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Microneedles -- Sewing up our health and beauty

November 24,2017 Read time: 7 mins
Photo : Dr. Venuganti's Lab

In a recent study published in the Journal of Controlled Release, Dr.Venuganti and researchers from the Birla Institute of Technology and Science, Hyderabad and the US Food and Drug Administration have reviewed the growing list of possible applications of microneedles- MN- that could change our lives in a myriad of ways.

With applications ranging from cosmetic healing of scars to detecting tuberculosis, these tiny needles could be our ticket to a healthier and happier future.

"On the global scale, there could be exponential growth in the approved products. In India, there are few companies working on the development of MN-based products. But we could see 3-5 MN products in India within next 5 years. Especially for vaccines delivery, cancer and diabetes management", says Dr. Venuganti.

Microneedles, as the name suggests, typically have a diameter of a few hundred microns, have very sharp tips and a length of up to 1000 microns. A micron is a very small unit of measuring length. For instance, the approximate width of an average human hair is 99 microns. Microneedles first used in 1921 for the dissection of a echinoderm egg. The first patented use of microneedles for delivering medicines was by Martin S. Gerstel and Virgil A. Place of the USA in 1971. Over the years, there have been several inventions and applications for MNs.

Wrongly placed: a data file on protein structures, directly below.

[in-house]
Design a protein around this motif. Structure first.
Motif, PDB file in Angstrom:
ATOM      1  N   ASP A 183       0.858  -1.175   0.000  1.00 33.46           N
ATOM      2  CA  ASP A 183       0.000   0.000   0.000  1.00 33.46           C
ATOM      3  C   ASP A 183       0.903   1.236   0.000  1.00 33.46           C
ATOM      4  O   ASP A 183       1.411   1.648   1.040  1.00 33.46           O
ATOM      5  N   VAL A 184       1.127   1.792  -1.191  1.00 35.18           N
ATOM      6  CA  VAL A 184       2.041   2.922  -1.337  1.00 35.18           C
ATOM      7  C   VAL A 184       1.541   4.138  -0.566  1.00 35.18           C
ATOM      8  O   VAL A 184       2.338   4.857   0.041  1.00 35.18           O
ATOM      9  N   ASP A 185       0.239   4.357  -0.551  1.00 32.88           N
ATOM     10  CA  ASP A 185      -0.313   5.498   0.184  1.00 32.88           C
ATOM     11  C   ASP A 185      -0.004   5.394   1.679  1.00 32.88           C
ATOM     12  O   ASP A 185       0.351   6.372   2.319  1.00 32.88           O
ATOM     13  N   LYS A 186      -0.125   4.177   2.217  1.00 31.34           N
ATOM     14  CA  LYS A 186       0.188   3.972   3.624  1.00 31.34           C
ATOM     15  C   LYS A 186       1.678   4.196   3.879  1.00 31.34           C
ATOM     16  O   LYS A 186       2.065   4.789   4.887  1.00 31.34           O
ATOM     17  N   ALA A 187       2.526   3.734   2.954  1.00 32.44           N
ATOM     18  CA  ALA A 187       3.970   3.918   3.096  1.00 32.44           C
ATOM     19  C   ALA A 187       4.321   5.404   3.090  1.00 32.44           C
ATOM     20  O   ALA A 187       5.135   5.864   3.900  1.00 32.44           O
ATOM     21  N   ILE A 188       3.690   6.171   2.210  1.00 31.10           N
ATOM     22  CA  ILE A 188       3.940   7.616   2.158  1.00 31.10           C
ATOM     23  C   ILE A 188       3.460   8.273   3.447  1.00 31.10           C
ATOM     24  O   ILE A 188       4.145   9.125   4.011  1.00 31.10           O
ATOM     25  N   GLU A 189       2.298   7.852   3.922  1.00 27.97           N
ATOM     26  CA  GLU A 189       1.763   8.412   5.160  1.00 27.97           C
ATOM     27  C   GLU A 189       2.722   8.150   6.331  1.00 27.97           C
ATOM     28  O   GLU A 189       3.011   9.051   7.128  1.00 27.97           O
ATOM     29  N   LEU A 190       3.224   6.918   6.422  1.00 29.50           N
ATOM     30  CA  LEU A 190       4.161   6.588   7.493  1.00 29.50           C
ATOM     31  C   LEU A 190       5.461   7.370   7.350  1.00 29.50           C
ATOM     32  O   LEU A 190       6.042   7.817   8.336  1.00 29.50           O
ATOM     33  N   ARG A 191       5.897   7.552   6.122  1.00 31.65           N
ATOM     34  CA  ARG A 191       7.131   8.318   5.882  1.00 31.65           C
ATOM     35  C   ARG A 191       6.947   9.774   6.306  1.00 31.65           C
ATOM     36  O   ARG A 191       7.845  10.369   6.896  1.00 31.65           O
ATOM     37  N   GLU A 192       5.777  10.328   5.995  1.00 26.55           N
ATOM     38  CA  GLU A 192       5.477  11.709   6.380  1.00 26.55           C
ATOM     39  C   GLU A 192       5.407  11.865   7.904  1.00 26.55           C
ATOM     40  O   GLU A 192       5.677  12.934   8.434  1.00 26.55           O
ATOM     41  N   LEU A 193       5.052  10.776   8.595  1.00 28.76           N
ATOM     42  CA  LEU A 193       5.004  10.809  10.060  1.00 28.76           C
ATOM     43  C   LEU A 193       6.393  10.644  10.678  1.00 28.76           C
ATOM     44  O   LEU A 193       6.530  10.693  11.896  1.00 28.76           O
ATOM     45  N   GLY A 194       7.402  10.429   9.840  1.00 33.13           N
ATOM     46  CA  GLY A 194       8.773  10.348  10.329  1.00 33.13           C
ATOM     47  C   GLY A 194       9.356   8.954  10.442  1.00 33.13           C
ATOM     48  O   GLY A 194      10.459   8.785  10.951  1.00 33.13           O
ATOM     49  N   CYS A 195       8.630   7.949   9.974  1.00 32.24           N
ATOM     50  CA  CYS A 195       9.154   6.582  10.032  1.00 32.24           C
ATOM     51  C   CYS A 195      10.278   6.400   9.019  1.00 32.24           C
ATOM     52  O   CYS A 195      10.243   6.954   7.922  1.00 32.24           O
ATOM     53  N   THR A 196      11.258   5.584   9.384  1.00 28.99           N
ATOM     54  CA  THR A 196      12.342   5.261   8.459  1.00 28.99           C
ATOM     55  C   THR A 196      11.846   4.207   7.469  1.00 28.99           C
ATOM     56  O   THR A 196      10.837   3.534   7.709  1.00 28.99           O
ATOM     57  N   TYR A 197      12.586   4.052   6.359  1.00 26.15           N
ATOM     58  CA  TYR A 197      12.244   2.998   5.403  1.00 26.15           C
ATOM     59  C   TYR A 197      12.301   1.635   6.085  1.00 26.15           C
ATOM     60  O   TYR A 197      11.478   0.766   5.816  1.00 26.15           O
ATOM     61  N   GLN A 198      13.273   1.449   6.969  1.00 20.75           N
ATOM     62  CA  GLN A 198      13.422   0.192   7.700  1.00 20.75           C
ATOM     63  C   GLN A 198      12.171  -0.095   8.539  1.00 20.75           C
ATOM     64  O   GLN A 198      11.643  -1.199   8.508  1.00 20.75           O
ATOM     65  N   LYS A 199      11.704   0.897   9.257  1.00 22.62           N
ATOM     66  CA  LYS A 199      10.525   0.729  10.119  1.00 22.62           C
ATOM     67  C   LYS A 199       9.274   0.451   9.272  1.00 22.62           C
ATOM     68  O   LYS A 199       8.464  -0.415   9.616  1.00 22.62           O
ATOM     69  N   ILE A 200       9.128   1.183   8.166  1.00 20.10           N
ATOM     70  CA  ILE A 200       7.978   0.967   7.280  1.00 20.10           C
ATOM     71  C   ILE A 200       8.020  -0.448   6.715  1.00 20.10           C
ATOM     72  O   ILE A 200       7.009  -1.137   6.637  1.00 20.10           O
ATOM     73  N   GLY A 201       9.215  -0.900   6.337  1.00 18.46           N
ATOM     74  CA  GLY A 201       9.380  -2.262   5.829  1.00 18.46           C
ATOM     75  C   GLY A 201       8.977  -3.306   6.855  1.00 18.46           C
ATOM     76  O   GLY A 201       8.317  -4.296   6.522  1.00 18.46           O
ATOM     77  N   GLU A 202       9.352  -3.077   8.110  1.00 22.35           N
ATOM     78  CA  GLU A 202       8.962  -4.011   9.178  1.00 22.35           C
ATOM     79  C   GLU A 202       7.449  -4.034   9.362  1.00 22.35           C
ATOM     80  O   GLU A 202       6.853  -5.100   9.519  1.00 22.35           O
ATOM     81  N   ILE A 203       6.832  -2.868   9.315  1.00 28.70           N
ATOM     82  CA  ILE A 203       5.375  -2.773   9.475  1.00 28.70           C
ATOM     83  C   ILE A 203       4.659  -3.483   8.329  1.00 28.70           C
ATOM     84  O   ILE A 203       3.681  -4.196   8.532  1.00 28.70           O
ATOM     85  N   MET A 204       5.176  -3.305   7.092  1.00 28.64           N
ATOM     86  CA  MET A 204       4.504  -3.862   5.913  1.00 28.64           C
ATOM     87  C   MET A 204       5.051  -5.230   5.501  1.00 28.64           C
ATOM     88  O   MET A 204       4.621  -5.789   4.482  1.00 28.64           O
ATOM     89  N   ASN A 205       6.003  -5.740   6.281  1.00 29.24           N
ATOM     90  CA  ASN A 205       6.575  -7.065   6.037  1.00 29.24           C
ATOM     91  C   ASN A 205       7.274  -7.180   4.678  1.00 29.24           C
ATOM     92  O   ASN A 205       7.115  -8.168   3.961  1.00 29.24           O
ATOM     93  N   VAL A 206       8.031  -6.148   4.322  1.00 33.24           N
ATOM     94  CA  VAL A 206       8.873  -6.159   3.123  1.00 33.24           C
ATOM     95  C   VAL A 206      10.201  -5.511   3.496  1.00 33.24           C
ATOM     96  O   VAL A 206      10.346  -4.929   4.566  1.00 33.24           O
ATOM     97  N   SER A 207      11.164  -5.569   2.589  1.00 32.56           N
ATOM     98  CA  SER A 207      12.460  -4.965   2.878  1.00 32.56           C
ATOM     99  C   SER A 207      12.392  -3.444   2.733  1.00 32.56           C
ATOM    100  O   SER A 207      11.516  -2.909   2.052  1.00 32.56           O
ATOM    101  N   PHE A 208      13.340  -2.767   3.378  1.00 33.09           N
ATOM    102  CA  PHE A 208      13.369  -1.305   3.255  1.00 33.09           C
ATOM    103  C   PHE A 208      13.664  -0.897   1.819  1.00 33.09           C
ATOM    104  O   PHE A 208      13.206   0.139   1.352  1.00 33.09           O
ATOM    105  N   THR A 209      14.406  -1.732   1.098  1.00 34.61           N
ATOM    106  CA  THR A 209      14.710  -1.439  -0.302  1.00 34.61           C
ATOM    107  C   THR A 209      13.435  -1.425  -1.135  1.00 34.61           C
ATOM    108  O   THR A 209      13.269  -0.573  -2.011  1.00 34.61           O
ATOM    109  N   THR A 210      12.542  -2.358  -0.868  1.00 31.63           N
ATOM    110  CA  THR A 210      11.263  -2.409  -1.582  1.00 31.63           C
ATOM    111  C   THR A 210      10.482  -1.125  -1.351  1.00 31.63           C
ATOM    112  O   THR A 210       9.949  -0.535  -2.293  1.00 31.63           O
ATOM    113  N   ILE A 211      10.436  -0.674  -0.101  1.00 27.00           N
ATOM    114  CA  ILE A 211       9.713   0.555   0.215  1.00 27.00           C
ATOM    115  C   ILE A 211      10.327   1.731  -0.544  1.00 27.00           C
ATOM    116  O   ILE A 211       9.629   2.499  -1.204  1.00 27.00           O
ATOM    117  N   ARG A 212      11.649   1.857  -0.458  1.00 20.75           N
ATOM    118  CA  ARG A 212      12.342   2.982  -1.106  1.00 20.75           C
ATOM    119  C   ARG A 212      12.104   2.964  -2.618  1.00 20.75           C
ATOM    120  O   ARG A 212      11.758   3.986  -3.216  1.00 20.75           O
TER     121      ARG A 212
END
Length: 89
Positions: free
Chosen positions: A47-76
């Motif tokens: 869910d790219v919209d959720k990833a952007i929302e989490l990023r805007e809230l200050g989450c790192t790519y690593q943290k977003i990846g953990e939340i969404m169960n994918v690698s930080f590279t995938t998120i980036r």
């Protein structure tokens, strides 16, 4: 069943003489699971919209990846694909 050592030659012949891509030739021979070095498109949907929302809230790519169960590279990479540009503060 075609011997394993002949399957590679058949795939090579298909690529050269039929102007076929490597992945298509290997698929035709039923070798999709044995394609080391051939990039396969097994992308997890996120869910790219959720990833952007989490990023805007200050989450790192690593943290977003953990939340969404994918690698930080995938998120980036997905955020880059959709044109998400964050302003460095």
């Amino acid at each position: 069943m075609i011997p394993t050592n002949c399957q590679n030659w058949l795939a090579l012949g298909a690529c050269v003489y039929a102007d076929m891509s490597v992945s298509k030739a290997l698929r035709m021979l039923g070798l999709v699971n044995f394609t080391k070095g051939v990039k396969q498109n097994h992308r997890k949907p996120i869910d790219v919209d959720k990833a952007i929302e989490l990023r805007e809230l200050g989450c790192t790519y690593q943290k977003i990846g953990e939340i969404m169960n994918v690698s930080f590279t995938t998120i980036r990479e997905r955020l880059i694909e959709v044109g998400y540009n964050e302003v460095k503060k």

"MNs are seen as disruptive drug delivery devices mainly to replace some of the syringe-based injections. Their advantages include avoiding healthcare professionals to administer medicines, reduction in price of devices compared to syringes, ease of application, easy packaging and storage conditions, reduced contaminations and reduced injuries associated with reuse", explains  Dr. Venuganti.

"The cosmetic applications of microneedles is based on the biological repair mechanisms of the skin. These tiny needles create small holes and causes minimal bleeding on the skin. This triggers the wound repair mechanism - inflammation, proliferation and remodeling," explain the authors in their paper. "However, the only issue with microneedles being used in cosmetic applications is that it exposes the skin to external microorganism. Here, the sterility of the device becomes important", he points out.

And many cosmetic companies have already embraced microneedles - Beauty Mouse, Revive-MN and Dermafrac being a few. Beauty Mouse’s Derma-roller, a popular device invented in Germany, has a cylinder mounted with microneedles, which on rolling along the skin has been shown to reduce blemishes, fine wrinkles, lines and small stretch marks. The Dermapen and Dermastamp are similar devices that use pulsating motion to stamp the microneedles onto the skin for a controlled effect. Beauty Mouse, 'Revive-MN Procedure kit’ and Dermafrac use such technologies.